In certain circles of the baseball internet, there's a long-running joke that Joe Kelly has "great stuff." The humor there is clear: Kelly has elite velocity, averaging 98.1 mph, and he's got a great-looking high-spin curveball, but he's never had the results to match. He's got the tools, he's got
In certain circles of the baseball internet, there's a long-running joke that Joe Kelly has "great stuff." The humor there is clear: Kelly has elite velocity, averaging 98.1 mph, and he's got a great-looking high-spin curveball, but he's never had the results to match. He's got the tools, he's got the "stuff," and he's long since made the rotation-to-bullpen shift that many failed starters make. It should have clicked by now. It hasn't, stuff or not.
Or it hadn't, at least, until the 2018 playoffs. Kelly threw 11 1/3 innings during Boston's run to a World Series title, striking out 13 while issuing zero walks and allowing only a single earned run. For a pitcher with regular control issues -- his 11.2 percent walk rate was worse than 90 percent of the other pitchers who threw at least 60 innings this year -- it was a stunning turnaround. It was only 11 1/3 innings, sure. But they were great innings.
Six of those innings -- and 10 strikeouts -- came against the Dodgers in the World Series, and they must have been impressed by what they saw, because Kelly is now a Dodger, having reportedly signed a three-year deal worth $25 million to return to his native Southern California and attempt to fill the "2017 Brandon Morrow" role that Los Angeles struggled so badly to replicate in 2018.
For a fanbase somewhat scarred by failed three-year deals to unimpressive relievers like Brandon League and Matt Guerrier and seemingly apprehensive about this deal, that's really the question here: Can 11 admittedly great innings overshadow the 600-plus up-and-down innings that came before it? The Dodgers appear to be banking that they will.
First off, let's not worry about the contract, because it's exactly what was expected. At FanGraphs, writer Kiley McDaniel projected three years and $24 million before the offseason began, exactly what Jon Heyman had. MLB Trade Rumors suggested three years and $27 million, a nearly identical figure. Three years and $25 million is exactly right, and it's really not that much in a world where Craig Kimbrel reportedly wants north of $100 million. The money is fine. If he succeeds, it's a steal for the team. If he doesn't, it's a drop in the Dodger payroll bucket.
It doesn't matter what his career stats are, because half of that time was spent trying unsuccessfully to be a starter with St. Louis and Boston. It doesn't matter that he has two career saves, because saves aren't important -- just look at Andrew Miller -- and he's not coming to Los Angeles to unseat Kenley Jansen, anyway. What matters is if the Dodgers think they can take the October version of Kelly and help make that the version they see over the next three seasons -- just like how the Astros have helped talented pitchers improve after arriving in Houston.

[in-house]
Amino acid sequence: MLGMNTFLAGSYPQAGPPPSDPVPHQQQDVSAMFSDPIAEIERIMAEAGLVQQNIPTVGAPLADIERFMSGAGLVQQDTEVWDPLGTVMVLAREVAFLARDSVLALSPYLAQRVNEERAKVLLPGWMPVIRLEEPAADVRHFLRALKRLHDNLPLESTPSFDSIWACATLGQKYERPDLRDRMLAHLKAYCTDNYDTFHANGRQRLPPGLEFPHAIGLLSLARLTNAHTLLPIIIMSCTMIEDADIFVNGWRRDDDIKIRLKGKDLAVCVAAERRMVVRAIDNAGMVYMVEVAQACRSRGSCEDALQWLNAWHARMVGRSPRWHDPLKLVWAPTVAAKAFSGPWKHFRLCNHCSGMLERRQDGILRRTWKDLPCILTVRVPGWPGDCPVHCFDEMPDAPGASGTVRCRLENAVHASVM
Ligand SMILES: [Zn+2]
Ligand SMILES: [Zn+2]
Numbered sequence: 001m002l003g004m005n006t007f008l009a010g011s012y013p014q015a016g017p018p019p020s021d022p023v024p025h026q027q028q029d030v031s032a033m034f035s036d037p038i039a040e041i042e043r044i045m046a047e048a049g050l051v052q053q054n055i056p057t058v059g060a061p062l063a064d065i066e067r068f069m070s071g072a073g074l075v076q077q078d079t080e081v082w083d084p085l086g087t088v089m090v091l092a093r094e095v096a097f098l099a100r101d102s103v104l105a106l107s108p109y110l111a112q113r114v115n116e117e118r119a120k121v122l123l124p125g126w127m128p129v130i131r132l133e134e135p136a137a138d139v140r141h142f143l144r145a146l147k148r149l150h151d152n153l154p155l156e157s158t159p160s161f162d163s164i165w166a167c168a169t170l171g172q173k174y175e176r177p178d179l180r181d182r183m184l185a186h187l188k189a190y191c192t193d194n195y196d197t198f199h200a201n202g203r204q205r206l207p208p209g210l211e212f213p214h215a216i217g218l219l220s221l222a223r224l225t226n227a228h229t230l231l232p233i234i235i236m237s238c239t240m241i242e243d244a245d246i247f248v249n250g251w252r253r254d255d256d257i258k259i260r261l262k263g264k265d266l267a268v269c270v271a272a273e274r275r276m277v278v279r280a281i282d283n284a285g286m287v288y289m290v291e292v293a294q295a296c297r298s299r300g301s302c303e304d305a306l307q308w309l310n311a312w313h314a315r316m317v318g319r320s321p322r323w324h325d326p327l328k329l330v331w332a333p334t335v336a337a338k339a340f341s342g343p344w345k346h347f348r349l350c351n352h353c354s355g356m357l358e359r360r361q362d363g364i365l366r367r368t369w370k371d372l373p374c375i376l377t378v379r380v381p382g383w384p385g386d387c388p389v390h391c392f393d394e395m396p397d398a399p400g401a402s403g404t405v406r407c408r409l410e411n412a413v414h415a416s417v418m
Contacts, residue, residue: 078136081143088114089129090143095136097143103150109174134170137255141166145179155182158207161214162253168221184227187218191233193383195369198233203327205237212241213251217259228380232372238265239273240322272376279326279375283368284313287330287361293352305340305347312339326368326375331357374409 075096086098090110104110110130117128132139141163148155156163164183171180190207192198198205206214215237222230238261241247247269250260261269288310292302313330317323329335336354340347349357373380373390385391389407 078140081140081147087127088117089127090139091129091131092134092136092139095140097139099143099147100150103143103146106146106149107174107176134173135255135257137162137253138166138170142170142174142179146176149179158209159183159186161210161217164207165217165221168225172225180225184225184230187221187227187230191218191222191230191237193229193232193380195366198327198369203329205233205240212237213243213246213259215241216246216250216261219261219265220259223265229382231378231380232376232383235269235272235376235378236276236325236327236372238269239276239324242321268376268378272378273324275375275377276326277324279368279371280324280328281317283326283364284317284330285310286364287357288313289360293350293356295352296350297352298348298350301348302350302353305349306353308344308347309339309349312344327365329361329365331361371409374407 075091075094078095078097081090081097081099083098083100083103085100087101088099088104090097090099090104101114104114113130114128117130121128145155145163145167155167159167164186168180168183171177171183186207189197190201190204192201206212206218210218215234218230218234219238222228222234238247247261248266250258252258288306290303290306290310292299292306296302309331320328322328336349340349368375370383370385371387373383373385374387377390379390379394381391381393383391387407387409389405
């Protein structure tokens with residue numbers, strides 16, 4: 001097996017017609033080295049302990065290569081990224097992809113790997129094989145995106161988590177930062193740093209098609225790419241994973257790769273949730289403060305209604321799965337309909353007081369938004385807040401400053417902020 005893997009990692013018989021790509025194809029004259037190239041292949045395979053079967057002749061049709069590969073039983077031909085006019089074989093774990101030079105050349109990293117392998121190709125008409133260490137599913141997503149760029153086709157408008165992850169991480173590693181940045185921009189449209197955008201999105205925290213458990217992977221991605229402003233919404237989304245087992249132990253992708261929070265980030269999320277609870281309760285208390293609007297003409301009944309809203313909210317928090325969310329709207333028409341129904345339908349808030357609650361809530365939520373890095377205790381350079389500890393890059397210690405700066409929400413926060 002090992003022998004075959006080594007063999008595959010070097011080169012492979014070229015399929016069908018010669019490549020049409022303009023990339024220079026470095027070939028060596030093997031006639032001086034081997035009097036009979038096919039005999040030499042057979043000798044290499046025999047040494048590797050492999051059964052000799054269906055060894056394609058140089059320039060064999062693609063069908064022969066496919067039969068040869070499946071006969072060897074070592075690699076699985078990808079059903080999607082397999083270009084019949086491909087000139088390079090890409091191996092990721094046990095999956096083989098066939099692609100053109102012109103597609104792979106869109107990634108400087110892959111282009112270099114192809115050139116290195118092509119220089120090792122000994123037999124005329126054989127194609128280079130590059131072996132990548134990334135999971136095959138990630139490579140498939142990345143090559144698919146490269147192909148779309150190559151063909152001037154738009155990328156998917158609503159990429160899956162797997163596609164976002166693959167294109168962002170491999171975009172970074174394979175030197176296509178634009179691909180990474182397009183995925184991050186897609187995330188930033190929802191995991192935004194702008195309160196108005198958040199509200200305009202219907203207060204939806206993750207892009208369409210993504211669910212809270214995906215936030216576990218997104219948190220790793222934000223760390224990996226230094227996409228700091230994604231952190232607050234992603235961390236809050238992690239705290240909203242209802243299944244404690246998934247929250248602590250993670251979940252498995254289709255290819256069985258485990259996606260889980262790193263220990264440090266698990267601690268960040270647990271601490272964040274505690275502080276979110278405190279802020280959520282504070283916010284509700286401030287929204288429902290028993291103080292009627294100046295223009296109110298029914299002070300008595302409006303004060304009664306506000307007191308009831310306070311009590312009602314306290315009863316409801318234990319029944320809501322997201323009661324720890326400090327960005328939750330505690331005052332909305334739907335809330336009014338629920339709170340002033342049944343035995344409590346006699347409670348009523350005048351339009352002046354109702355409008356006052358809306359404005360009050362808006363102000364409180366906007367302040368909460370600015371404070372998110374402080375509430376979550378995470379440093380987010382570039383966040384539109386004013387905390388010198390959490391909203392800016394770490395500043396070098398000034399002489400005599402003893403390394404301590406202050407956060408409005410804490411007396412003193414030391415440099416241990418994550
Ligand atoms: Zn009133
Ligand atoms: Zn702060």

Can they? It all depends on if Kelly's October success was small-sample luck, or the results of actual changes. We can say with certainty that he made changes, at least. That's a start.
Kelly brings an elite skillset
Obviously, you start with the aforementioned "great stuff," and it's not hard to see what's attracting the Dodgers here. Over 600 pitchers threw at least 100 fastballs, and Kelly's 98.1 mph average velocity was fourth-best. Call it a 99th percentile skill. Over 230 pitchers threw at least 100 curveballs, and Kelly was one of only six to average over 3,000 RPM of spin rate. Call that a 99th percentile skill, too.
Combine those two skills to find pitchers with similar fastball velocity and curveball spin, and you can't, really. It's difficult to teach velocity or spin, and Kelly is an outlier in both.
(Those two dots nearest him in the upper right are Garrett Richards, who has been so good when healthy that the Padres just gave him a two-year deal despite knowing he won't pitch in 2019, and Thomas Pressly, who, after several unmemorable years in Minnesota, became one of baseball's biggest relief weapons after being traded to the Astros.)
It's easy to see an analytically-inclined team looking at that and thinking that with minor tweaks, they can help him be the next Pressly.
But if we already saw the beginnings of that ... what changed? How did Kelly manage that October performance in the first place?
What made the October Kelly a different pitcher